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. Last Updated: 07/27/2016

ISS Crew Repairs Antenna During Troubled Spacewalk

KOROLYOV, Moscow Region -- A U.S. astronaut and his Russian international space station crewmate have accomplished their main mission on a space walk, folding up a jutting antenna in a laborious job made tougher by a temperature control problem that heated up cosmonaut Mikhail Tyurin's space suit.

Tyurin and Michael Lopez-Alegria were tasked Thursday with freeing up the stuck antenna on a Progress cargo ship to prevent it from becoming an obstacle when the vessel is undocked to make room for a manned spaceship due at the station in early April.

Fighting against a fogged-up faceplate, Tyurin breathed heavily as he wielded space scissors -- something like a pair of garden shears -- and cut metal tubes forming a lock that held the antenna in place. One of two cuts necessary to get the job done went awry and he had to make a third cut before achieving success.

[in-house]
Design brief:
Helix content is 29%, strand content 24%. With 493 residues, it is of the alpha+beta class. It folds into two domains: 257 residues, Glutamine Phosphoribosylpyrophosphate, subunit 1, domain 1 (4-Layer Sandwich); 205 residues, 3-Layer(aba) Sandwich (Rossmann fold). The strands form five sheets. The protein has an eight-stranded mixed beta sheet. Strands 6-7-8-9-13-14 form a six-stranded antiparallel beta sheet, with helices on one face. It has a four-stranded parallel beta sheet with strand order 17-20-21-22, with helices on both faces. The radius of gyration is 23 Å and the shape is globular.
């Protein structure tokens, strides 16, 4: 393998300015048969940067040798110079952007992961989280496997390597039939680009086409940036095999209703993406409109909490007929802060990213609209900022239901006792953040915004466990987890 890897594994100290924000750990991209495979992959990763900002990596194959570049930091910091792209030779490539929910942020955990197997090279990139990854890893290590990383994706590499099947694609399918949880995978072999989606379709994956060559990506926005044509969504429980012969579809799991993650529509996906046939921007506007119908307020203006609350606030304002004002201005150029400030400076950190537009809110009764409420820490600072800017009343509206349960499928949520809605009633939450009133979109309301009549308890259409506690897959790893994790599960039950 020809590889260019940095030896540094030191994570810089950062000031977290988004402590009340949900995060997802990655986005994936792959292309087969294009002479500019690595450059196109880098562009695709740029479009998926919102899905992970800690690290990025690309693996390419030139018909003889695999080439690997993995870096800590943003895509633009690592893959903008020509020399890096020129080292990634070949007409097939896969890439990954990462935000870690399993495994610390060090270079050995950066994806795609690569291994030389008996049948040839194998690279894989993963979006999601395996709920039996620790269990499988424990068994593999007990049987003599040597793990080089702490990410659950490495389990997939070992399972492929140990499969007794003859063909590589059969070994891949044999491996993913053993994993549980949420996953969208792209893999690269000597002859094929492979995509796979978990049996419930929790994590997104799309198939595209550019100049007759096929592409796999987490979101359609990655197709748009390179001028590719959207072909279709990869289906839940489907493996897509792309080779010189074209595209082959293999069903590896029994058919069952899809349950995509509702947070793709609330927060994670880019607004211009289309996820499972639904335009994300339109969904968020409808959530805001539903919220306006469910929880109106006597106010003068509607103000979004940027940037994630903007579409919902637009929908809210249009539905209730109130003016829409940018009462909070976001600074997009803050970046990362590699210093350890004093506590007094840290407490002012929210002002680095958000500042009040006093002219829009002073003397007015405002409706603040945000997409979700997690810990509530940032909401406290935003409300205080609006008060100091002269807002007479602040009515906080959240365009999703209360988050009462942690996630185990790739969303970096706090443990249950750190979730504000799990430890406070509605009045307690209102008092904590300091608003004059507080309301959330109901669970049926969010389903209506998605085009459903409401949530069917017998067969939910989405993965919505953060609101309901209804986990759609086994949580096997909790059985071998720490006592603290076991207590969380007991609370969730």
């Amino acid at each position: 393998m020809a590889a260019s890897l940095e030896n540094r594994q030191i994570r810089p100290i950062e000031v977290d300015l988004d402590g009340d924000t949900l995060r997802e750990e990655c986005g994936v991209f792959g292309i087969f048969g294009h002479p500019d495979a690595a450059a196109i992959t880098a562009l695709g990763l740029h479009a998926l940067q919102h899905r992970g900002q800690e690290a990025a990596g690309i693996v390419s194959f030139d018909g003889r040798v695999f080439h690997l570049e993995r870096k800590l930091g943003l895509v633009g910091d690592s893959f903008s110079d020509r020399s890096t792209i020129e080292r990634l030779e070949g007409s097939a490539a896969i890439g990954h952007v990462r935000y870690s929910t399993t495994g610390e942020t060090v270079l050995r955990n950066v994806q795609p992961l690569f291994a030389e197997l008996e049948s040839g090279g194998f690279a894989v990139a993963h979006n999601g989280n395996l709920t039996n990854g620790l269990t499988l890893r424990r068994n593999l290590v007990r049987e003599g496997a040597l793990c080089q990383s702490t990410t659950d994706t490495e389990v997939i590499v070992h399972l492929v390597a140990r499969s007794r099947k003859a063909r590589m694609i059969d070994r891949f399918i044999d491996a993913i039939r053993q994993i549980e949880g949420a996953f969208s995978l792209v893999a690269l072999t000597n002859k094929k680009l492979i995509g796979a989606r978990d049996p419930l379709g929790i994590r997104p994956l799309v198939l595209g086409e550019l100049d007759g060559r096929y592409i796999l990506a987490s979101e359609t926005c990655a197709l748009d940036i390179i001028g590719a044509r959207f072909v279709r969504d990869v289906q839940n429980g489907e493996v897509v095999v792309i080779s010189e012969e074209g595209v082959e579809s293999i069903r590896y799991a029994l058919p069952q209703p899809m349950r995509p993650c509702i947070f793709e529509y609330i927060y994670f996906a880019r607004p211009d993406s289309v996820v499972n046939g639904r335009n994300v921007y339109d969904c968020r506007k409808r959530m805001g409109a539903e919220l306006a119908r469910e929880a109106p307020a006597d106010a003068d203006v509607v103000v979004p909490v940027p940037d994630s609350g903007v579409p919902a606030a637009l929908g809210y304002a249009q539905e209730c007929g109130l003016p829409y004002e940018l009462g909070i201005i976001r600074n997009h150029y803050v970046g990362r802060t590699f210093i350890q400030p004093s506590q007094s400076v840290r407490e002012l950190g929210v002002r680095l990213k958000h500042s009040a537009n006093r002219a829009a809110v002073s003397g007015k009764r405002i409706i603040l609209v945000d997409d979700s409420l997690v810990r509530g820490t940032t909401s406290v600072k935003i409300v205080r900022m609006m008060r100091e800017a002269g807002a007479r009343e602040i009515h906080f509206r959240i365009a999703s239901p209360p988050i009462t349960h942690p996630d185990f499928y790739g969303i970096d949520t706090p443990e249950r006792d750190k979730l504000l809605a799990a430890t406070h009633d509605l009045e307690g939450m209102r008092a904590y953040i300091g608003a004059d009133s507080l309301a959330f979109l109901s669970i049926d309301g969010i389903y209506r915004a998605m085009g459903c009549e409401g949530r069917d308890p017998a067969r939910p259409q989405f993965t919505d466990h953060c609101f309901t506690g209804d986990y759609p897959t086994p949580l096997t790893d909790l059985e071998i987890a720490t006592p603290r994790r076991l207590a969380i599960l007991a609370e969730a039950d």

Not long after Tyurin and Lopez-Alegria left the station to crawl toward the antenna, mission control told Tyurin that his suit's temperature control system was not working as well as it should -- and that he would have go back inside if it got much worse.

"Please pay attention to your condition while you work. If you feel it's too hot, then take a break," he was told by Mission Control. Tyurin said he would follow the instructions, then added philosophically: "One who knows something about life is never in a hurry."

When they reached the antenna, they tried to free it up with a few hammer blows, but that didn't do the trick. Mission Control suggested Lopez-Alegria get down to business with the scissors because of Tyurin's suit trouble, but the Russian said he was in a more convenient position and volunteered.

It took about an hour of hard work, hindered by fog that Tyurin said formed on his faceplate. Mission Control suggested a not-so-space-age remedy -- rub your nose against the glass -- and Tyurin did so, also saying that the problem eased when he took a breather.